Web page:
The 2009 peer-reviewed stock assessment report indicates the American lobster resource presents a mixed picture, with record high stock abundance and recruitment throughout most of the Gulf of Maine (GOM) and Georges Bank (GBK), continued low abundance and poor recruitment in Southern New England (SNE), and further declines in recruitment and abundance in NMFS Statistical Area 514 (Massachusetts Bay and Stellwagen Bank) since the last assessment. The Peer Review Panel noted particular concern regarding the status of the stock throughout the SNE assessment area and within Area 514 and recommended that further restrictions are warranted for both areas.
Despite current high levels of abundance and recruitment in GOM and GBK, the Panel recommended "that managers be particularly vigilant of recruitment patterns in these stocks and stand ready to impose substantial restrictions should recruitments decline." The Panel cautioned that productivity has been lower in the past. For example, landings in the GOM, which accounts for approximately 87 percent of the coastwide fishery since 2002, fluctuated without trend around 20 million pounds from 1930 - 1990. Those levels are substantially lower than current levels (average landings 72.8 million pounds between 2000-2007), possibly due to low recruitment and production. The current levels of fishing effort and harvest will not be sustainable if the stock returns to lower recruitment and production. This is of particular concern to the Panel since approximately 50 percent of available lobster are removed annually versus a removal rate of about 30 percent based on a biological reference point that would maintain 10 percent of the virgin spawning potential.
The Panel noted improvements to both commercial and fishery-independent data efforts. However, commercial data - both landings and particularly fishing effort - continue to be recorded piecemeal rather than universally. States should be strongly encouraged to standardize collection of fishery-dependent data and work toward mandatory universal coverage. The Panel also stressed "the need to continue this port and sea sampling so as to achieve representative coverage of all segments of the fishing fleet, because the length-based model depends of statistically representative length frequency data."
The 2009 stock assessment used a new length-based model developed by Dr. Yong Chen of the University of Maine. This model increased the ability to predict changes in population length structure and account for changes in management measures. The also model incorporated more fishery independent survey data.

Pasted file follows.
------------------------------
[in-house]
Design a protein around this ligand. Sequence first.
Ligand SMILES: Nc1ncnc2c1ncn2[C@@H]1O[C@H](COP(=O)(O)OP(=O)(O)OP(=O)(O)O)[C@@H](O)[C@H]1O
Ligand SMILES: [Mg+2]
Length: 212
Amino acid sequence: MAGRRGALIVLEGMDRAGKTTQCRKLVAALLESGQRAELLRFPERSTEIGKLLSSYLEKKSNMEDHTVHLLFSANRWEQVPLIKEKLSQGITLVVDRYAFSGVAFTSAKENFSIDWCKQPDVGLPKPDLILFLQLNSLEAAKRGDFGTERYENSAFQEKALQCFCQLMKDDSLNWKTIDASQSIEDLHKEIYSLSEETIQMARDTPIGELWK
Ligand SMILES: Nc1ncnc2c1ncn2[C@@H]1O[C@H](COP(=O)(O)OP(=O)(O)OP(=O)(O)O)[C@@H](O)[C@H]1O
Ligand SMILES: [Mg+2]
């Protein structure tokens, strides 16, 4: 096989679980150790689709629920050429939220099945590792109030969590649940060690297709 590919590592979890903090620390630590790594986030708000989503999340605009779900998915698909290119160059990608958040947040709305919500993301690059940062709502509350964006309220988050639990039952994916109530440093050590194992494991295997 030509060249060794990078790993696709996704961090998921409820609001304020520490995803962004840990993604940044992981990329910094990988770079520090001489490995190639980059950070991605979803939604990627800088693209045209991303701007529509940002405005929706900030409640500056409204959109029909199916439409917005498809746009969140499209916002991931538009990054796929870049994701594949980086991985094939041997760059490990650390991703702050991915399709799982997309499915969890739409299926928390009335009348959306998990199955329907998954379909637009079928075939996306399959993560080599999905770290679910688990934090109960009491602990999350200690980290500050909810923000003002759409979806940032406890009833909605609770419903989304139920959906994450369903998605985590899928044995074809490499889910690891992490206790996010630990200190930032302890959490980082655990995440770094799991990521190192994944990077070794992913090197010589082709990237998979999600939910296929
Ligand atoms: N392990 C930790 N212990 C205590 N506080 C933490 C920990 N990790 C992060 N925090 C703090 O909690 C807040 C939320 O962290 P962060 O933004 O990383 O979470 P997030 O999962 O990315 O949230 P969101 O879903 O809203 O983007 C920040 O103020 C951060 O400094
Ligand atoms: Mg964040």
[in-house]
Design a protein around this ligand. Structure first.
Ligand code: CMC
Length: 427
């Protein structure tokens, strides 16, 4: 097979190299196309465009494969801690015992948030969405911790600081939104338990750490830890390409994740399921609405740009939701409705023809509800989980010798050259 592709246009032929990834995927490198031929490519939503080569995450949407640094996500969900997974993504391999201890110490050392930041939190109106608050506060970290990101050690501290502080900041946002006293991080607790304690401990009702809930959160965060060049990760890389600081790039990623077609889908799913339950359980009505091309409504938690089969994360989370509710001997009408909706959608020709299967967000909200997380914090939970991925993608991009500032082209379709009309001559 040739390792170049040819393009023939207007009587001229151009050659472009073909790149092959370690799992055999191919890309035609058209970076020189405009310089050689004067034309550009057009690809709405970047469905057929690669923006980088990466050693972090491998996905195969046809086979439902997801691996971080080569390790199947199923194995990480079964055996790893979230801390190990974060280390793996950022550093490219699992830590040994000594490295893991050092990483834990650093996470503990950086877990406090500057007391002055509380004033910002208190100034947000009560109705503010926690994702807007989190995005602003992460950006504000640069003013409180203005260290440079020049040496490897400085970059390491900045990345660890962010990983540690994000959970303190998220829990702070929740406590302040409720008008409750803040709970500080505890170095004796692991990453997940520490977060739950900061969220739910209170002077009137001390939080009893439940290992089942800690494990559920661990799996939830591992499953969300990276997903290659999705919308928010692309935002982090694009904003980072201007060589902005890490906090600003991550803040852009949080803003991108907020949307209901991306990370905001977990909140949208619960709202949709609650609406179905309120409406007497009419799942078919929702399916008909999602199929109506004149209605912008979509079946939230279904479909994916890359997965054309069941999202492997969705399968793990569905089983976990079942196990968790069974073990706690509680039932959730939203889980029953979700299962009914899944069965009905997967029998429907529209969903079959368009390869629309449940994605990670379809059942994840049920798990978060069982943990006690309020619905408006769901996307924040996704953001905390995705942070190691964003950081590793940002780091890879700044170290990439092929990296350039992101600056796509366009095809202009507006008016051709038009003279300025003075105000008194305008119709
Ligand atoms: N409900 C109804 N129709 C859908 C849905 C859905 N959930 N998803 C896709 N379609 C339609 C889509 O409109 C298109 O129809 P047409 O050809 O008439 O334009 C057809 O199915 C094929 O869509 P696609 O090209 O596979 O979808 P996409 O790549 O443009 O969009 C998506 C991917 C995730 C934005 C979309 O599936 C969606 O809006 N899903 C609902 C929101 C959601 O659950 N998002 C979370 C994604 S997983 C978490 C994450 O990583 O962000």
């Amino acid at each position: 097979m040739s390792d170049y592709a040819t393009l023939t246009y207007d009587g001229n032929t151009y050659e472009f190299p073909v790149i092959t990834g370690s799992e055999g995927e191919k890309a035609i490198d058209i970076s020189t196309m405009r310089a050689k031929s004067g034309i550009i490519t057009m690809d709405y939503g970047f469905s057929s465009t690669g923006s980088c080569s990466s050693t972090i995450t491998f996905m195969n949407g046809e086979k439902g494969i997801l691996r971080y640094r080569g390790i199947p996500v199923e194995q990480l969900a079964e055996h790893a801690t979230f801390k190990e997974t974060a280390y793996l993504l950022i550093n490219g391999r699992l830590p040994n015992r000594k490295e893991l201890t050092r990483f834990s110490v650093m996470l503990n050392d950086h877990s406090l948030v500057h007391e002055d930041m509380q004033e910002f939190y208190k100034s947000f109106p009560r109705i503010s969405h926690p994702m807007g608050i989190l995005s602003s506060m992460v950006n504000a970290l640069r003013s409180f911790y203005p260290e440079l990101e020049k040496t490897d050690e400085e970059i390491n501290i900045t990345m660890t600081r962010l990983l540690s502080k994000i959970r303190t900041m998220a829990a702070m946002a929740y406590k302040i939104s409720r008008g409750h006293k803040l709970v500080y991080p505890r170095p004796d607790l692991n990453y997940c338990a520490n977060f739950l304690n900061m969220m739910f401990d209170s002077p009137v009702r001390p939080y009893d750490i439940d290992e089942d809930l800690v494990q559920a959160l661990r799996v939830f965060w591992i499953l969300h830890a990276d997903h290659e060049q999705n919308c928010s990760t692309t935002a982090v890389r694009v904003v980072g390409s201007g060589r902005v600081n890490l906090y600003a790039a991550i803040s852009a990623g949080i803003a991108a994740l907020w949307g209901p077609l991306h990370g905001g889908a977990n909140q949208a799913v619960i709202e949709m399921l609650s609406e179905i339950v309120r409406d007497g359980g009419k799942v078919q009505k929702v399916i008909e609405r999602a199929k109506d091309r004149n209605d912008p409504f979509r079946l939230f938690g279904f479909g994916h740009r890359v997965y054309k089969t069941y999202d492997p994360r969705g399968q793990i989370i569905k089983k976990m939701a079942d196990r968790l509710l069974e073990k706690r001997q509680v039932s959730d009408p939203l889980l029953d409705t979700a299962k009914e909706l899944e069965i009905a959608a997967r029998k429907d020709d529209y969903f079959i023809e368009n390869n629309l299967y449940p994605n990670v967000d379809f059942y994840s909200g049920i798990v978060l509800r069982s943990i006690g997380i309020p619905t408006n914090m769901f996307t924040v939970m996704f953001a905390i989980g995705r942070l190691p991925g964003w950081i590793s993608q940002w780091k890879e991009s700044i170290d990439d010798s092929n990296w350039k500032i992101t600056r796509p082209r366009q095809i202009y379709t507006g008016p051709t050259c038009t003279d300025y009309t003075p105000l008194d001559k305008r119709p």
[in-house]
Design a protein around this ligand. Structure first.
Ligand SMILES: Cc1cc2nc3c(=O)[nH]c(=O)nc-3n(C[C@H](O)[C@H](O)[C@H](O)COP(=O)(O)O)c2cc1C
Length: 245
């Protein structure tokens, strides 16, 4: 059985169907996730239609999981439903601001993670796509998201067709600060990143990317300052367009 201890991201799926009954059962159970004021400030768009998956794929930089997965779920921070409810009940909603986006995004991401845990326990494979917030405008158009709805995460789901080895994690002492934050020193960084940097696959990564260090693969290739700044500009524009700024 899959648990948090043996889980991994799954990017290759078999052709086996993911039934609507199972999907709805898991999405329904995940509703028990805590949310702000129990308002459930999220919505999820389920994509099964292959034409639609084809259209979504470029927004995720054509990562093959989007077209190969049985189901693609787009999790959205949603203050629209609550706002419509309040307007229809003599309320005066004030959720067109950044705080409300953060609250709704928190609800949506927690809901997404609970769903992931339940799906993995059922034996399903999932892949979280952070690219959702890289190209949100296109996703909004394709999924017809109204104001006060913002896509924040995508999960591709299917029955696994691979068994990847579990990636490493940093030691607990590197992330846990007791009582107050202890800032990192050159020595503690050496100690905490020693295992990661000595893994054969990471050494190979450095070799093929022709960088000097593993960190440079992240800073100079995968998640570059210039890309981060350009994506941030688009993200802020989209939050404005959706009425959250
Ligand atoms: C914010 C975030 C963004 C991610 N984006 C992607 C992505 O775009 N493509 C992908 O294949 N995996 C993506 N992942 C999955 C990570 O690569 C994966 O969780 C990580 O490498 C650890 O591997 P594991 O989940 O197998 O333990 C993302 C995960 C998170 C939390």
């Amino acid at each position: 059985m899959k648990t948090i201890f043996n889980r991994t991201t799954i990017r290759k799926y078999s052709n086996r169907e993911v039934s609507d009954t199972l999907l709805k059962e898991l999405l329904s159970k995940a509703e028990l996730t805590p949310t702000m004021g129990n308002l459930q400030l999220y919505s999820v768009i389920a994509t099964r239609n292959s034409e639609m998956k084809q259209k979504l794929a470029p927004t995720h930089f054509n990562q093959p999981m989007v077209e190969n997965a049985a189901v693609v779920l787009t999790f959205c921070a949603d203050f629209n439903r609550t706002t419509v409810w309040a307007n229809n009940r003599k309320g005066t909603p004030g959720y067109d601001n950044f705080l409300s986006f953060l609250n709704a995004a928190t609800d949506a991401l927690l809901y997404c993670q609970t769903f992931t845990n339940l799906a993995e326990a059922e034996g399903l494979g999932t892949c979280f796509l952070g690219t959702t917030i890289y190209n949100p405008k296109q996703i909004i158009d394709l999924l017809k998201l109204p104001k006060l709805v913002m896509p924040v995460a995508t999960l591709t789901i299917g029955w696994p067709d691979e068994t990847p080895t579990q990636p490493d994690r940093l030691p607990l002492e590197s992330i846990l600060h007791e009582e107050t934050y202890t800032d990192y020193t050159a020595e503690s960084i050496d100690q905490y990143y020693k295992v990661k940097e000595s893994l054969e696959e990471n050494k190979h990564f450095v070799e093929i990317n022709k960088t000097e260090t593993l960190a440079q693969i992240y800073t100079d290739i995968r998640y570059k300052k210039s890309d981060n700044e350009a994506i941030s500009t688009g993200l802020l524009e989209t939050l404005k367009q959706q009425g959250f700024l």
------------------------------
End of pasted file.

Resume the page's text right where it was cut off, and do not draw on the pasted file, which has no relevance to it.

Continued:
Results showed current abundance of the GOM stock overall is at a record high when compared to the 26-year time series. Recent exploitation rates have been comparable to the past whereas recruitment has steadily increased since 1997. The exception is statistical Area 514 which has continued to experience very high exploitation rates and declines in recruitment and abundance since the last assessment. Continued restrictions are warranted given the persistence of low recruitment and its negative effect on total abundance and potential egg production. Across GOM, effort levels in recent years are the highest observed since 1982 (both in number of traps and soak time) and further increases in effort are not biologically advisable.
The new assessment showed current abundance of the GBK stock is at a record high compared to the 26-year time series and recent exploitation rates are at a record low. Recruitment has remained high in GBK since 1998. Sex ratio of the population in recent years is largely skewed toward females (approximately 80 percent from 2005 to 2007) for unknown reasons. The Technical Committee noted that the stock could experience recruitment problems in the future if females are sperm limited.
The new assessment showed current abundance of the SNE stock is the lowest observed since the 1980s and exploitation rates have declined since 2000. Recruitment has remained low in SNE since 1998. Given current low levels of spawning stock biomass and poor recruitment further restrictions are warranted.
The new assessment recommends revisions to the reference points set in the FMP. Revised reference points (see accompanying table) include median reference abundance and median effective exploitation rate thresholds for sexes combined from 1982-2003 in GOM and GBK and 1984-2003 in SNE. Stock status is determined by comparing stock-specific threshold values to the average reference abundance and effective exploitation rate for sexes combined during 2005-2007. An addendum is needed to implement these new reference points.
Based on the recommended reference points from the assessment, "overfishing" would occur if the average effective exploitation rate during 2005-2007 were higher than the stock-specific median threshold. A stock would be "depleted" if average reference abundance during 2005-2007 fell below the median threshold level. In either of these cases, corrective management action should be implemented. Given these recommended revised reference points, the GOM and GBK stocks are not depleted and overfishing is not occurring, while the SNE is depleted but not experiencing overfishing.
The Board accepted both the stock assessment and advisory reports and tasked the Technical Committee with providing recommendations for management and revising the reference points. Of particular concern is the status of the SNE stock. Copies of the stock assessment and peer review reports will be available by mid-May and can be accessed via the Commission's website at www.asmfc.org under Breaking News or by contacting the Commission at (202) 289-6400. For more information, please contact Toni Kerns, Senior Fishery Management Plan Coordinator for Management, at (202) 289-6400 or email@example.com.